This article has been updated with information from emails sent by President-elect Martha Pollack and Arts and Sciences Dean Gretchen Ritter ’83.
Martha E. Pollack, provost at University of Michigan, has been named Cornell’s 14th president. Pollack will begin her term on April 17, 2017, following the termination of her term as provost on January 31, 2017.
The Board of Trustees unanimously elected Pollack Cornell’s second female president, according to Jan Rock Zubrow ’77, chair of the Executive Committee of the Board of Trustees and of the Presidential Search Committee. Interim President Hunter Rawlings will continue to lead the University until April.
“We were looking for a bold strategic leader and someone who could really further the mission of the University and what really impressed us with Martha is that she has demonstrated those qualities at a really high quality institution at the University of Michigan,” Zubrow said.
As she introduced herself, Pollack spoke about the importance of academia, emphasizing her belief that Cornell is “leading the way in how critical universities and their work are to the world today.”
“It is really just a privilege to be here today. I have spent almost my entire career in higher education and I am deeply committed to the notion that universities are second to none in effecting positive change in the world,” Pollack said. “And really nowhere is it more true than here at Cornell — a private university with a public mission.”
In response to a question about her policy goals as president, Pollack touched on improving the University with a focus on innovation and quality.
“I very much value integrity, that’s my first priority,” Pollack said. “I value quality, I think it’s really essential that Cornell continue to be on of the world’s strongest communities … I very much value innovation and adaptability, the world is changing quickly … [I have an] enormous commitment to diversity.”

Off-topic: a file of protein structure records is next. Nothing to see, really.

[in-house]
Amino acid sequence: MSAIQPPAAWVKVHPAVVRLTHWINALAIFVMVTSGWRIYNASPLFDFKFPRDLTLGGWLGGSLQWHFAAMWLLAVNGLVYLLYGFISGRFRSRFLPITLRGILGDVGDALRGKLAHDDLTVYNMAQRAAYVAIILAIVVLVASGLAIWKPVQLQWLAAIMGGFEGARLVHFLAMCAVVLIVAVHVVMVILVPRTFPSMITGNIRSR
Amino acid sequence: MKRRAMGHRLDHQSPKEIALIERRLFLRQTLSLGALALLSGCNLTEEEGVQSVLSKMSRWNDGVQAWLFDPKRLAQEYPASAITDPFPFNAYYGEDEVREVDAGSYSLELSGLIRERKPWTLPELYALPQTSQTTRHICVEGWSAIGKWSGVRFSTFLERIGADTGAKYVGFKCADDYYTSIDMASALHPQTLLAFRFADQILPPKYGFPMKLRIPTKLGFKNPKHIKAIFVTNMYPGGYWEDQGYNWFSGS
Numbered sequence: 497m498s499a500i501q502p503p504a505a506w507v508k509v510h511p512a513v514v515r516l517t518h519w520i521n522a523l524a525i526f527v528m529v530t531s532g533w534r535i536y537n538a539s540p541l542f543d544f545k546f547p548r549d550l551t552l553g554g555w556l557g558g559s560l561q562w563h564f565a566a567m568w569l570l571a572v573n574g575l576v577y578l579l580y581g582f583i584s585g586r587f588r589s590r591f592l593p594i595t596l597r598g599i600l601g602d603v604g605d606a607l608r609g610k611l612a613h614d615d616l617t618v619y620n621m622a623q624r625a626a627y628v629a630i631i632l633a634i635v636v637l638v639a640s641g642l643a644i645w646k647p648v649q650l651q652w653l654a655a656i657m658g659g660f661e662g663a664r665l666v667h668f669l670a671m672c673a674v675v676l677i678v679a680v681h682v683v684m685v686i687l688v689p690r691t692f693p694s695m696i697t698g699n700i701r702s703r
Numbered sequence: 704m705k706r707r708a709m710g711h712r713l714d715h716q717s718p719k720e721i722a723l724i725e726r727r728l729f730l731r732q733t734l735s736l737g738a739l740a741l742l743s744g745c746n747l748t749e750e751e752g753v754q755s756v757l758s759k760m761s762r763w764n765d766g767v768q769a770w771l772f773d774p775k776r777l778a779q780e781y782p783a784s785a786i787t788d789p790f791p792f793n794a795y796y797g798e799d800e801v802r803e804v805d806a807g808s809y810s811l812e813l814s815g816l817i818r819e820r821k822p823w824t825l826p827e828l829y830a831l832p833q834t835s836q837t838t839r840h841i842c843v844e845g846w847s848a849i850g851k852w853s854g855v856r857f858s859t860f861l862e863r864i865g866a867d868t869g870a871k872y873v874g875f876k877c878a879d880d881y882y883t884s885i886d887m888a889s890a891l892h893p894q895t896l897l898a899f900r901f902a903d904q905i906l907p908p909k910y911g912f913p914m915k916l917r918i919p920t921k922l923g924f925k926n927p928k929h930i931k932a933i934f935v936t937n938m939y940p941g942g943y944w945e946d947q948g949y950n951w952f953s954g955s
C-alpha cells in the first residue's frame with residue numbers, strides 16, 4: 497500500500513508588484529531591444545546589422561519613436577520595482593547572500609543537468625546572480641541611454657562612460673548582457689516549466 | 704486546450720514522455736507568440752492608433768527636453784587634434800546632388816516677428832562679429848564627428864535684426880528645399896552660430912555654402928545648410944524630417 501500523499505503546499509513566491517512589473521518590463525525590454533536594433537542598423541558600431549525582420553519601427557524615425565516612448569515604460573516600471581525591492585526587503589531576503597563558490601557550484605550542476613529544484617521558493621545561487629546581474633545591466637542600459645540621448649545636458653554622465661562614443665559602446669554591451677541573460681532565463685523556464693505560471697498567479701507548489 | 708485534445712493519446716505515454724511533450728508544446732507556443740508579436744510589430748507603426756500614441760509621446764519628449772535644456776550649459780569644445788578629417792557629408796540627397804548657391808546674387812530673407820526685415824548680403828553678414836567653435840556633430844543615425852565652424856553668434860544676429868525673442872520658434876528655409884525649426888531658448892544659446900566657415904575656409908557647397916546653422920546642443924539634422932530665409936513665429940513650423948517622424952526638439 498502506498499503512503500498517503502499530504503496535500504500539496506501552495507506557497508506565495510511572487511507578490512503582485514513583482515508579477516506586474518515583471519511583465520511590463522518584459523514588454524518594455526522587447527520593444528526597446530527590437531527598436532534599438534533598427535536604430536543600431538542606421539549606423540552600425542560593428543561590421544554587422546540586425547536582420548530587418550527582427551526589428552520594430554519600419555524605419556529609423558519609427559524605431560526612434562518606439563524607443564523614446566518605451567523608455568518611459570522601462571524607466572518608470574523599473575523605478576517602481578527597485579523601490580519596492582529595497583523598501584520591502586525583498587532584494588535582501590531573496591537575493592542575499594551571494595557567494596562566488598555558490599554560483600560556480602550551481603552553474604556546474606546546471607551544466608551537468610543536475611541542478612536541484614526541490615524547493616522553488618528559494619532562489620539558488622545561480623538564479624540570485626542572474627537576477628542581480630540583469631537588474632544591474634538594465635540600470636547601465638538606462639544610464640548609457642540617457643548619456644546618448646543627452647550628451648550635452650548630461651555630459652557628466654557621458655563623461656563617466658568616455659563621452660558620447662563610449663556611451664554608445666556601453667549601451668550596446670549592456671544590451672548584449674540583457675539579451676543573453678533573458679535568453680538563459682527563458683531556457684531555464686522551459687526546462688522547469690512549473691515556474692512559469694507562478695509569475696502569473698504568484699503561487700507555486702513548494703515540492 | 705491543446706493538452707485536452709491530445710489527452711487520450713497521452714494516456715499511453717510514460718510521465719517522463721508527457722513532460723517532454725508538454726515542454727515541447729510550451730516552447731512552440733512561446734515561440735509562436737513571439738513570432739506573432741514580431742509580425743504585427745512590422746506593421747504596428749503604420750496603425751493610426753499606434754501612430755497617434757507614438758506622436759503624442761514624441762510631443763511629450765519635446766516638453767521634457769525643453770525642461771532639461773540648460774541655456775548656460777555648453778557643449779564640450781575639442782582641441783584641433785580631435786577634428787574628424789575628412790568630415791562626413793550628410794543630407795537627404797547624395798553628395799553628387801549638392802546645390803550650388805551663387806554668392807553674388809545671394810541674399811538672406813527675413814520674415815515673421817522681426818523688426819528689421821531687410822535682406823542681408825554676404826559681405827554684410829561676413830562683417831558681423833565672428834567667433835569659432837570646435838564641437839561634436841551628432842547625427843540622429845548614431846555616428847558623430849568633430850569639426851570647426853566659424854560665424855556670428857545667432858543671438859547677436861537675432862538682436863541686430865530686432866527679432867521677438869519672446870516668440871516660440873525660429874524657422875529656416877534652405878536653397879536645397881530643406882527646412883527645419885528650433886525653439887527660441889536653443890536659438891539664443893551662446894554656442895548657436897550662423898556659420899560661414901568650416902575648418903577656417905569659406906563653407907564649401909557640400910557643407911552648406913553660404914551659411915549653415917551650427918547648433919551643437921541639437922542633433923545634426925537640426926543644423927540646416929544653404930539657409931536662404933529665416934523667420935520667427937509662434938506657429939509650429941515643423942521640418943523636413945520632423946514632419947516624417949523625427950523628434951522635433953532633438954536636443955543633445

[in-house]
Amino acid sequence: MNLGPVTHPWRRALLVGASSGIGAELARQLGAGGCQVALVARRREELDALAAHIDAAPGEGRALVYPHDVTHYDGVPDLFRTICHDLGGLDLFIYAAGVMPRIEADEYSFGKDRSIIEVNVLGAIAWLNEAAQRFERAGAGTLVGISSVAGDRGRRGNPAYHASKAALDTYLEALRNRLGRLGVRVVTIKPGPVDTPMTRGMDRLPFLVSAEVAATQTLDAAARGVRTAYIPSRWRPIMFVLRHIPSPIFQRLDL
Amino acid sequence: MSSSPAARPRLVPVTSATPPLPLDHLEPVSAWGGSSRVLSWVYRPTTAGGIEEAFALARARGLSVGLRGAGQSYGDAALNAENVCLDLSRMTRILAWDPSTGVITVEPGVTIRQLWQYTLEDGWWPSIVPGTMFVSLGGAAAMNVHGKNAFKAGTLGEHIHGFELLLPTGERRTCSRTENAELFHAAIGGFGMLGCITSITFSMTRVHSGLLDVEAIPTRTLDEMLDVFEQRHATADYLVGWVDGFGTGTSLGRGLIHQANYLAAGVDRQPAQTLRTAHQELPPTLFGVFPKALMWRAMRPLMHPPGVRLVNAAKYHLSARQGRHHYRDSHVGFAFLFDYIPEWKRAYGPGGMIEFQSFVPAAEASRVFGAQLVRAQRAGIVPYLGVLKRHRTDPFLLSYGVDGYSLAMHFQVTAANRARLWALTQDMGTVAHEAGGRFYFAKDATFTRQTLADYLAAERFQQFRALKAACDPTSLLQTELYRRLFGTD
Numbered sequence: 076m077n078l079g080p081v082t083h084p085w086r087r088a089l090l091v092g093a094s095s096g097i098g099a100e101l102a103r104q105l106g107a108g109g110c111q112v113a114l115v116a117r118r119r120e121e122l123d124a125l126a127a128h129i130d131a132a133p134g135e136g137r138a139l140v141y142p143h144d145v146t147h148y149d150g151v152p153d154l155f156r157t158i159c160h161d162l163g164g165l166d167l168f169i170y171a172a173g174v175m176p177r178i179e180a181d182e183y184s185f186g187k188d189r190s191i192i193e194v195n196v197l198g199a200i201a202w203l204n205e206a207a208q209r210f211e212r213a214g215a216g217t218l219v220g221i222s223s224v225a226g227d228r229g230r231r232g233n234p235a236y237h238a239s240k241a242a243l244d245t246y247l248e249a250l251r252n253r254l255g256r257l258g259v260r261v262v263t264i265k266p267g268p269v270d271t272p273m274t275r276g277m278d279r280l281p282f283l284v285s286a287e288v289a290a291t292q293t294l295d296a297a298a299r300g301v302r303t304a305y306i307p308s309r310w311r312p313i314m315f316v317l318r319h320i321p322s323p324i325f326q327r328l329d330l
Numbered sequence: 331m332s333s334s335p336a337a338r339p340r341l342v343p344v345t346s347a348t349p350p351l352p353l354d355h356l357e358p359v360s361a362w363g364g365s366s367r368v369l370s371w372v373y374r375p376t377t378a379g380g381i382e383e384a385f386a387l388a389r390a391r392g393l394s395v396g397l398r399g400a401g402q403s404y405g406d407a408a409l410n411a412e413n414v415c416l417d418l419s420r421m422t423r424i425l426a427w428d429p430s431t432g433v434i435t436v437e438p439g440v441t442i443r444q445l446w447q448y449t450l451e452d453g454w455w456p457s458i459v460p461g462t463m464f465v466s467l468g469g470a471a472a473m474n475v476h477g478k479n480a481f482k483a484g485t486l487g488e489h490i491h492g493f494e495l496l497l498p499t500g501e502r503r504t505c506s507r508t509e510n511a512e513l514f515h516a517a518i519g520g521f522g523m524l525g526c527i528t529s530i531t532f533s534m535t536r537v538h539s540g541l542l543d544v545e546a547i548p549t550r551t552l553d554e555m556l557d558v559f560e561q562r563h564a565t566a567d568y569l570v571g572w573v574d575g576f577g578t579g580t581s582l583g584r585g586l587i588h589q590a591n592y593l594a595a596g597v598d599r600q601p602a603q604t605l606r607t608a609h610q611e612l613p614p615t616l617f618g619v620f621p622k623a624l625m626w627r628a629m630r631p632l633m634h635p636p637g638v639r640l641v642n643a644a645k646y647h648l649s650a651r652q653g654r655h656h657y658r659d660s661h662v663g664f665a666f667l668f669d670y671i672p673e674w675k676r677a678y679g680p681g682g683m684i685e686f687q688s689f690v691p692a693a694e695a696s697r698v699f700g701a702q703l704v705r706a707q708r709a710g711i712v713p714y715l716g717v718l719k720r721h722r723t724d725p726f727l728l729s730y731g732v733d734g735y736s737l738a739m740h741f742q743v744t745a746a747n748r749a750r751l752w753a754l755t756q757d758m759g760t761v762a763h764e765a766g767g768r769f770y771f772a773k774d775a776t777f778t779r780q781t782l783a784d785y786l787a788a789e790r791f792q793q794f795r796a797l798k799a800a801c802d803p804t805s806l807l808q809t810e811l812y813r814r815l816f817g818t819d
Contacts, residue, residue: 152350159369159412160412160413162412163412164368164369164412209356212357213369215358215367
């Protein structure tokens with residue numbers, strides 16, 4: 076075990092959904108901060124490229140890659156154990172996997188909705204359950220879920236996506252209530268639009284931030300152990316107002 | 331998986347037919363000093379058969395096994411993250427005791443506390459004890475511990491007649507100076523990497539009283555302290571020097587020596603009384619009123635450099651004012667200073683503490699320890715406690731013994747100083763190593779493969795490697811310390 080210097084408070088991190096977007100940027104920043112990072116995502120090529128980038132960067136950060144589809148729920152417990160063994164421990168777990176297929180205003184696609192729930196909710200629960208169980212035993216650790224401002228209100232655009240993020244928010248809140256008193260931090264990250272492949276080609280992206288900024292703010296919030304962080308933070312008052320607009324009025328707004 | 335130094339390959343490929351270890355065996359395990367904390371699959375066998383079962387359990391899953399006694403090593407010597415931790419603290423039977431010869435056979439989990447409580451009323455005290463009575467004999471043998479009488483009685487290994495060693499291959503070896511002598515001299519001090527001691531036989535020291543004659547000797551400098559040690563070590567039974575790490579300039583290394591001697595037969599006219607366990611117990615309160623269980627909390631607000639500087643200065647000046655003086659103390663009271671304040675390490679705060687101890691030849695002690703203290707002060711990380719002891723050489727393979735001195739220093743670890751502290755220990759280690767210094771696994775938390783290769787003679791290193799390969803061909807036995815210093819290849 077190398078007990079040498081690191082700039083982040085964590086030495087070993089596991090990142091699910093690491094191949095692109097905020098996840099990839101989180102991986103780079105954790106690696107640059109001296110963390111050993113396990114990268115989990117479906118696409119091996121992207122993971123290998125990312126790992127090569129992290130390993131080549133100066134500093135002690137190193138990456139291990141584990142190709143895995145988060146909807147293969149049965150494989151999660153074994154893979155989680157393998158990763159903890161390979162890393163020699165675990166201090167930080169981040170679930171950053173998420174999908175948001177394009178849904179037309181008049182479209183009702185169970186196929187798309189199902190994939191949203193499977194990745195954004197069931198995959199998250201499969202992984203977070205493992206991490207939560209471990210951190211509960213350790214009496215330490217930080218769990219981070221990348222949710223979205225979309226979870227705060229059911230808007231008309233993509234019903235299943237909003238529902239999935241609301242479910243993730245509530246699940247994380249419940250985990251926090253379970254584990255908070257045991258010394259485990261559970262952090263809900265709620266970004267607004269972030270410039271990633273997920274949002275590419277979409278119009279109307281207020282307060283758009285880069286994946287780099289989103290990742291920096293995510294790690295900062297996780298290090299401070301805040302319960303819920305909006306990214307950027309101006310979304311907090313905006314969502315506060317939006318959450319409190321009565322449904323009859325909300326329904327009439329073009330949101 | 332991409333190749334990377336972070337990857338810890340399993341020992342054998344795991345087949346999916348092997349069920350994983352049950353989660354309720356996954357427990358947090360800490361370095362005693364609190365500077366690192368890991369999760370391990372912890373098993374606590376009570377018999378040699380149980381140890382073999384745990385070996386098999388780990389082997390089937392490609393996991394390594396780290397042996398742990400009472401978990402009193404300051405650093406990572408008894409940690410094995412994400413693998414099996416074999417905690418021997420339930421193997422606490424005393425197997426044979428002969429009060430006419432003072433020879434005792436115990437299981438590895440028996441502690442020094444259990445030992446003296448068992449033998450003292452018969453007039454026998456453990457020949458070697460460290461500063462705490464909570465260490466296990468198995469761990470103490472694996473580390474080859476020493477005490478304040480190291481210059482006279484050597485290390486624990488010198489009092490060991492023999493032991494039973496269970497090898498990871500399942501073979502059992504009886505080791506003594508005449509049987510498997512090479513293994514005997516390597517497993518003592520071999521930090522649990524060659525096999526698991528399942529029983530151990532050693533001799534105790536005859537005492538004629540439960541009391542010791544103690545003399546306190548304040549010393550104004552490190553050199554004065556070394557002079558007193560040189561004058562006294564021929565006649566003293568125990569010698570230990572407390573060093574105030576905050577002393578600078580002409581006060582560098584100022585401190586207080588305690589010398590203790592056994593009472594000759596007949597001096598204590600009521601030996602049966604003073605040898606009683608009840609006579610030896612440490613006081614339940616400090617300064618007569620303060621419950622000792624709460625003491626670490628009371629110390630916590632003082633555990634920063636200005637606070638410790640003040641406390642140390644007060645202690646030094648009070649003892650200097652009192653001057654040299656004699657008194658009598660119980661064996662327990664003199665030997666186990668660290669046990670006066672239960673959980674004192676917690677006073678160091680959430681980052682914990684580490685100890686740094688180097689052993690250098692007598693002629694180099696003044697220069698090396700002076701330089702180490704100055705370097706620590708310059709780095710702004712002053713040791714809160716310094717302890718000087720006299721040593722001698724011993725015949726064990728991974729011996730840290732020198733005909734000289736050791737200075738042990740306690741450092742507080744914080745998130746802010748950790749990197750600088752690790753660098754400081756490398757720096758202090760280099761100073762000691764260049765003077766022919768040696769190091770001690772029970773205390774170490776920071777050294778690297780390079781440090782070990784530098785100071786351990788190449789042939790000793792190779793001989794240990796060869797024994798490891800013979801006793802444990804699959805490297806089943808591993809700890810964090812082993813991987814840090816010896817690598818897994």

Pollack further elaborated on the importance of diversity for students, the University and the future of the country.
“I think that appreciation for diversity and celebrating differences is absolutely essential to today’s world,” Pollack said. “Our students are going to graduate into a very diverse world, and if they are not able to work across different perspectives, then I fear for the future of this country and the world.”
In an email to the Cornell community today, Chairman of the Board of Trustees Robert Harrison ’76, lauded the search committee for its “fabulous job” in selecting the University’s next president, calling Pollack a “proven leader and scholar.”
Gretchen Ritter ’83, the dean of Arts and Sciences, offered similar praise of Pollack in an email to students, faculty, and staff this afternoon. Ritter said that she was encouraged that Pollack, who completed a self-designed interdisciplinary major in linguistics during her undergraduate years at Dartmouth, presented a “global humanistic outlook.”
Pollack’s commitments to integrity and free speech were particularly compelling for Ritter, who said that these values are “incontrovertible” to the College of Arts and Sciences.
“At this time, as our nation grapples with an ideological divide and uncertain change at the highest levels of our federal government, I find it particularly important to reaffirm such values,” Ritter wrote in her email. “At lunch today, president-elect Pollack emphasized the point again, saying ‘We will honor and support the right of people from all backgrounds and perspectives to be here at Cornell. I hope you will all join me in recommitting ourselves to these values, no matter where challenges may emerge in the coming weeks and months.”
Pollack sent her own email to the Cornell community in the late afternoon. In her email, she called Cornell a “special place.”
“Its egalitarian heritage, research and teaching excellence, celebration of difference and diversity, and deep history of service combine to make this a truly extraordinary institution, one that embraces both the creation of knowledge and the value of putting that knowledge to use in positively impacting society,” reads Pollack’s email.
She also praised Rawlings as a “remarkable leader” and said they met earlier today to discuss the transition between their presidencies.
Acknowledging that the official start of her term is several months away, Pollack said she will make several visits to Ithaca and New York before her presidency begins. “I can’t wait to get started!” she wrote, at the end of her email.
Pollack was appointed provost at the University of Michigan in 2013, where she is also a professor of computer science and engineering in the College of Engineering. She joked that when she joined the faculty in 2000, “There were more professors named Igor than female professors.”